When I entered high school, I realized that I was drawn to medical and biological sciences. I had limited exposure so, I started searching for internships, shadowing opportunities, or volunteering to learn more about biology and technology. My exploration led to an internship at a medical manufacturing startup called PrinterPrezz. The company’s focus came as a surprise to me, as I never imagined the confluence of medicine and 3D printing for medical manufacturing. PrinterPrezz was working with medical professionals and engineers to build both implants to be used inside the body made of biocompatible metals as well as orthotics made of resins and other materials to be used outside of the body. Throughout my summer internship, I worked with many orthopedic professionals to study the benefits 3D printing could offer to improve the functionality of prosthetics. From breathable arm braces to surgical retractors, I experimented with various 3D technologies to discern how they could improve the design and functionality of various orthotics. This experience exposed me to the world of customized medical 3D printing and its potential to improve quality of life for millions of patients.

 

Many believe that 3D printing is mainly restricted to engineering disciplines, a belief I also held prior to interning at PrinterPrezz. I was very surprised to learn that the technology is applicable to a multitude of fields, including culinary arts, medicine, automotive, and more. PancakeBot™ released the first ever pancake 3D printer that can print pancakes in the shape of fun images and drawings. Organovo’s NovoGen MMX prints cellular hydrogels that mature into human tissue sheets. These sheets are currently being used to test pharmaceutical drugs, a cruelty-free alternative to animal testing. 3D printing is also quite prominent in the construction business. ICON, a Texas-based company, prototyped a 3D printed house for $10,000. The company believes that the price can be further reduced to just $4000 a house.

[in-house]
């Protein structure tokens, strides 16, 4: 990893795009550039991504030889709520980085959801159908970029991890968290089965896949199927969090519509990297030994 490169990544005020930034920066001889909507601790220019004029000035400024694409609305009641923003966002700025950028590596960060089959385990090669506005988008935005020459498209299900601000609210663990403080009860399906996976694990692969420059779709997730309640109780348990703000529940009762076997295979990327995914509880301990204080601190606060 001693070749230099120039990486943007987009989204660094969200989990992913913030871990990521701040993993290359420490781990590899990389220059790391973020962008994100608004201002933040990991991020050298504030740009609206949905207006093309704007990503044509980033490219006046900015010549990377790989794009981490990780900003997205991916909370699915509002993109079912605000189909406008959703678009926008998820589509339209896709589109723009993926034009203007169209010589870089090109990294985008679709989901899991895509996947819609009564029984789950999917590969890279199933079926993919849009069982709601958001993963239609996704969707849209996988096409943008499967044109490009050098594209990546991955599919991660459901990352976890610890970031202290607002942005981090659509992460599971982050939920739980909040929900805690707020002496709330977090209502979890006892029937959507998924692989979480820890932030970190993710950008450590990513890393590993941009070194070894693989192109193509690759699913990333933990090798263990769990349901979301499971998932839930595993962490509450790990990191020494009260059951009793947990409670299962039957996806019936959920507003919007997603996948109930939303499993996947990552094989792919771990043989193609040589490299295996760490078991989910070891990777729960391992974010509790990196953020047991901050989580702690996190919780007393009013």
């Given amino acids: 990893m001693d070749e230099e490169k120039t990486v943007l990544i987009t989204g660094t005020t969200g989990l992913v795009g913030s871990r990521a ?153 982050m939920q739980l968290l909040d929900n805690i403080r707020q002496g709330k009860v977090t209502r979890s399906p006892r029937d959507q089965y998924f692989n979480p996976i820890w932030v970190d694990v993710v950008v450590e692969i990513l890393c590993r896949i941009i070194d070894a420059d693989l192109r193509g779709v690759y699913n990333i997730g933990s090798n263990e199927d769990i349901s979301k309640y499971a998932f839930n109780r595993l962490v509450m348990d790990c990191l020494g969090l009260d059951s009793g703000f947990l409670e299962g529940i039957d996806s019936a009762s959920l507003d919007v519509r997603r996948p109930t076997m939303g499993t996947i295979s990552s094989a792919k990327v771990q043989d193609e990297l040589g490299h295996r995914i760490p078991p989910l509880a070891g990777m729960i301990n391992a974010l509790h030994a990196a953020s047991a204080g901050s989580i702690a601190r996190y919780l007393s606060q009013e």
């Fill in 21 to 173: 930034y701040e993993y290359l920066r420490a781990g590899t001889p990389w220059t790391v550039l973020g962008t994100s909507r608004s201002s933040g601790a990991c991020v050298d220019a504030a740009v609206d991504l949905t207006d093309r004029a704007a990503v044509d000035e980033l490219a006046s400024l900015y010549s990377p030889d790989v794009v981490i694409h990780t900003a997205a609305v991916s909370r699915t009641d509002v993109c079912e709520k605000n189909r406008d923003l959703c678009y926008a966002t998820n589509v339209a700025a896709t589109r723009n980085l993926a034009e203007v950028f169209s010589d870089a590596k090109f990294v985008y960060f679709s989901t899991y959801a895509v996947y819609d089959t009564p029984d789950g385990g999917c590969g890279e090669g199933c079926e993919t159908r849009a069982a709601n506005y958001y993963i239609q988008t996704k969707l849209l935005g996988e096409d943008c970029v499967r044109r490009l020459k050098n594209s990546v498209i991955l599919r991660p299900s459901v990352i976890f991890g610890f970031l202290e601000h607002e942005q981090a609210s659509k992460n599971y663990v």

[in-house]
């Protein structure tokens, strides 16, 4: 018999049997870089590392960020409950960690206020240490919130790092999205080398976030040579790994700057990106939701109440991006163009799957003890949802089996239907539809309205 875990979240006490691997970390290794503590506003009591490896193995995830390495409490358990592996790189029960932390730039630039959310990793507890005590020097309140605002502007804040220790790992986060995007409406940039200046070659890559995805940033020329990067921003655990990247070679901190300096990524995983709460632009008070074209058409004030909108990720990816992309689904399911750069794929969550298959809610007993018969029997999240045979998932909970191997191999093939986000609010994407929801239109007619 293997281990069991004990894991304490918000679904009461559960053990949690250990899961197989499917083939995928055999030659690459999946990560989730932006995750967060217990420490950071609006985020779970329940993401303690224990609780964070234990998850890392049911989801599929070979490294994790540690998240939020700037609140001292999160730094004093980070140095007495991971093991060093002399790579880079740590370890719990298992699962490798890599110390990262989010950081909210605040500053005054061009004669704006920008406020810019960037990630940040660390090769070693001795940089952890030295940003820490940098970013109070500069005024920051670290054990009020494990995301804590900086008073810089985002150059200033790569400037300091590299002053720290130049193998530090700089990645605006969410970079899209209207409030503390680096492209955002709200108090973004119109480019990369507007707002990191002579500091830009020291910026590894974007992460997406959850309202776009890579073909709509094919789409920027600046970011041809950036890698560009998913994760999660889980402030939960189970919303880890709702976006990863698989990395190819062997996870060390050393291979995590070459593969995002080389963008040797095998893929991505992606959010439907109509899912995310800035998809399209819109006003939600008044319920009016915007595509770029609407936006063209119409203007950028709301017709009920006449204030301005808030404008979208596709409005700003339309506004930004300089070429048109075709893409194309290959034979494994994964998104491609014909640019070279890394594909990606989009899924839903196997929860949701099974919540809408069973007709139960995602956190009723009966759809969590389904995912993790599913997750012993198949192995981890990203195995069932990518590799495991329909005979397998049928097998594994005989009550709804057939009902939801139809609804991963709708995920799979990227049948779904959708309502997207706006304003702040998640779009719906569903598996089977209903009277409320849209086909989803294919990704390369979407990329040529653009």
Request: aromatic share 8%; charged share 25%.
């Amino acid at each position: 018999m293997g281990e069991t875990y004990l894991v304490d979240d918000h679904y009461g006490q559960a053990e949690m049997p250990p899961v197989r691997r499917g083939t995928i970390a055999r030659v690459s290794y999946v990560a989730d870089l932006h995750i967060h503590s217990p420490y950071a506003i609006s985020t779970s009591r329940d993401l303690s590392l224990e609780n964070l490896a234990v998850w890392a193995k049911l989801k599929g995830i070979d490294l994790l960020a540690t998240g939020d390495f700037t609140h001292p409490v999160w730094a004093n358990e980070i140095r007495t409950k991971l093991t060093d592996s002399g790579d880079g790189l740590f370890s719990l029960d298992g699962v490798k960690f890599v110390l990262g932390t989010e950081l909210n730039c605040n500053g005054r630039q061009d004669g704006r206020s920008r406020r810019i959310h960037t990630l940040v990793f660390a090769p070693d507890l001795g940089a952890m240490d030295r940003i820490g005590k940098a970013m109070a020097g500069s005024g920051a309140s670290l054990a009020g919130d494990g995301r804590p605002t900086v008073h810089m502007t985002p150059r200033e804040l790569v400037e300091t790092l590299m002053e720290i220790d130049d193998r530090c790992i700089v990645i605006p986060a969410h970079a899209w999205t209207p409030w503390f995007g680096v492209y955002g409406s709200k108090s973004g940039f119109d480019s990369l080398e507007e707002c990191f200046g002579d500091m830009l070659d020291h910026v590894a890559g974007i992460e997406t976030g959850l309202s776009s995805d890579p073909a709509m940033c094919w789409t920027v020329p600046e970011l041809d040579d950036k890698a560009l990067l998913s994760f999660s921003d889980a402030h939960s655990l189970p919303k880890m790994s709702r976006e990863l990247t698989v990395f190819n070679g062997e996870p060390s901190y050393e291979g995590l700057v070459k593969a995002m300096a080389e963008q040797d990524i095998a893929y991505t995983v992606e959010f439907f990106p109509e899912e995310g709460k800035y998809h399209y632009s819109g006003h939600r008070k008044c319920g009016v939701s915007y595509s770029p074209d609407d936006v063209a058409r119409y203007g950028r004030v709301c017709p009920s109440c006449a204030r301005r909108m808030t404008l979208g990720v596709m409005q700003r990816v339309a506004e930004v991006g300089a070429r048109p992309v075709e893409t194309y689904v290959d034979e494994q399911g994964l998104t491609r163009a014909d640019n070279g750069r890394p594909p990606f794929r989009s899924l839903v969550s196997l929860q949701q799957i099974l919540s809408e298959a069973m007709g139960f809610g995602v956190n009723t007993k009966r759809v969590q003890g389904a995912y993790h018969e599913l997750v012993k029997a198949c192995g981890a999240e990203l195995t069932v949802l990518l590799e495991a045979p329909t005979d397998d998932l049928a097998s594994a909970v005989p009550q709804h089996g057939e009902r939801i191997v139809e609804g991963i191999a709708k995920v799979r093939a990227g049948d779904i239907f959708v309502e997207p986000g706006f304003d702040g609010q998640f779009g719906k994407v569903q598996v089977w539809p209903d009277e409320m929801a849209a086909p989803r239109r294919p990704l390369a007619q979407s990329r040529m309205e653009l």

With so many verticals transitioning to additive manufacturing, 3D printing outfits are developing advanced printers to cater a more personalized solution to specific market segments. As 3D printers become more mainstream, it is important for students to comprehend how they can use this technology in their career pursuits. At present, only a select few universities are recognizing additive manufacturing and its many uses. They are now beginning to add design labs built for rapid prototyping to their academic programs; however, high school students are still under exposed to the world of 3D Printing. Here the change is yet to occur.

 

I believe that revolutionary technologies like 3D printing should be integrated into the general curriculum in schools. While current educational models, such as mathematical modeling, introduce students to the application of textbook knowledge to real world issues, they often portray exaggerated situations that students are unlikely to encounter. Additive manufacturing hardware and software provide students with a visual and physical alternative to current educational methods by allowing them to apply creative methods to design processes and test different models. In addition, learning about the specific applications of additive manufacturing in different fields can give students a glimpse into the nature of their professions of interest. This belief has motivated me to help spread awareness amongst other students globally and introduce them to the uses of 3D printing in various industries. From design to materials and scaling to prototyping, 3D printing can help converge the future technology of the world with the aspirations of my generation.

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  1. Pingback: promoting, supporting and inspiring women in the Additive Manufacturing industry

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